Four flavourful dishes that are sure to impress!
It’s surprising how many things one should consider when planning to cook a romantic dinner for two. Obviously, if you’re trying to impress someone, you want to deliver a meal that is both delicious and attractive, but what are the potential pitfalls to be avoided? First off – keep your menu on the light side. You don’t want to lull your date into a carb coma. Next up, opt for some fresh, bright flavours. Citrus is good for that, as are raw vegetables. Avoid raw garlic, or too much of any overpowering flavour that’s likely to linger on the palate long after dinner is done. Consider dishes in terms of how easy or challenging they are to consume. Watching someone gnaw on ribs or saw away at a steak is definitely not romantic. Even trying to daintily slurp up a bowl of long pasta can be problematic. Lastly, think about the time and effort. It’s usually better to have some of the elements made ahead of time so you aren’t shackled to the stove while the object of your affection is left neglected on the couch. I therefore present to you one suggested romantic menu for two, ideal for Valentine’s Day…or any of the other 364 days of the year. I hope some – or all – of these dishes can help you work a little of Cupid’s magic in your own kitchen.
These tasty little bites are said to hail from the Burgundy region of France, where they are often served at room temperature to accompany tastings in wine cellars although they also make regular appearances served warm as appetizers. Composed of only butter, water (or milk), flour and eggs, choux pastry puffs up beautifully thanks to the air incorporated by beating the batter vigorously, as well as by steam created while the very moist dough is baking. The key to gougères’ rich, delicious flavour is a few seasonings and a generous amount of grated cheese; Gruyère, Comté or Emmentaler are most commonly used. They are the perfect pop-in-your-mouth offering for parties and best of all, they can be made ahead – you can even freeze the shaped dough for several weeks and bake as needed.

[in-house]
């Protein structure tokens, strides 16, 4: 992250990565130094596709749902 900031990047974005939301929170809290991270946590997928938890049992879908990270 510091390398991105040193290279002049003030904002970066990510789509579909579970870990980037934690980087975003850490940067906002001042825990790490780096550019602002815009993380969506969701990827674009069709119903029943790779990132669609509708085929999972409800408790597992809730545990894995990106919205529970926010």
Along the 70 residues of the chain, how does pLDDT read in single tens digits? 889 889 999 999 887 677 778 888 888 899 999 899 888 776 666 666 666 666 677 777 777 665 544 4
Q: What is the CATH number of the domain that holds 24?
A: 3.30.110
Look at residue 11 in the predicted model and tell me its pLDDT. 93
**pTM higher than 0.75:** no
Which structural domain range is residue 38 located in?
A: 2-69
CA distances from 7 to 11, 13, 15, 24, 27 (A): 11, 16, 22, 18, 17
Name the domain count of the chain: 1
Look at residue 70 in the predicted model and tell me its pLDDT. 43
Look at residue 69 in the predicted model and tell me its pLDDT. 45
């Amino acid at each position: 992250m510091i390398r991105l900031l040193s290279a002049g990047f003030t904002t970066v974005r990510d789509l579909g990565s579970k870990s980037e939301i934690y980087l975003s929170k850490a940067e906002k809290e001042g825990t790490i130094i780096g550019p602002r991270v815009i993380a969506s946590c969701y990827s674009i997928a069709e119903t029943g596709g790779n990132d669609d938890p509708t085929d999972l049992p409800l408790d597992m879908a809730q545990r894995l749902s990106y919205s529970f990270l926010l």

This recipe has vaulted to the very top of my list of dishes that I would eat day after day if I could. Buy the biggest, freshest (or flash frozen) scallops you can find and transform them into something magical thanks to this outstanding sauce.
Salads perk up the palate in so many ways. Fruits and vegetables combined with a brightly flavoured dressing make for a refreshing element in a multi-course feast, or a delicious light meal all on their own. This salad hits all the right notes – it’s got loads of crunch along with touches of sweet, sour and salty. For a more elegant presentation, serve salads individually plated rather than in a large bowl. This way you can both divide the ingredients evenly and arrange the components a little more artistically.
What’s not to love about Pavlova? Meringue, whipped cream and fresh fruit – a perfect trio of textures and tastes. Named for the legendary Russian ballerina Anna Pavlova, the dessert was purportedly first created in her honour during a tour of New Zealand in the 1920s. Unlike traditional meringues which are usually soft throughout, the inclusion of cornstarch in Pavlova gives it a crispy exterior and adds to its delicate texture. In the past I have always made larger Pavlovas which can be rather tricky to serve; by shaping individual or miniature versions, that problem is eliminated and the dessert looks much prettier too! Two more great things: this dessert is gluten-free AND you can use lactose-free yogurt instead of whipped cream!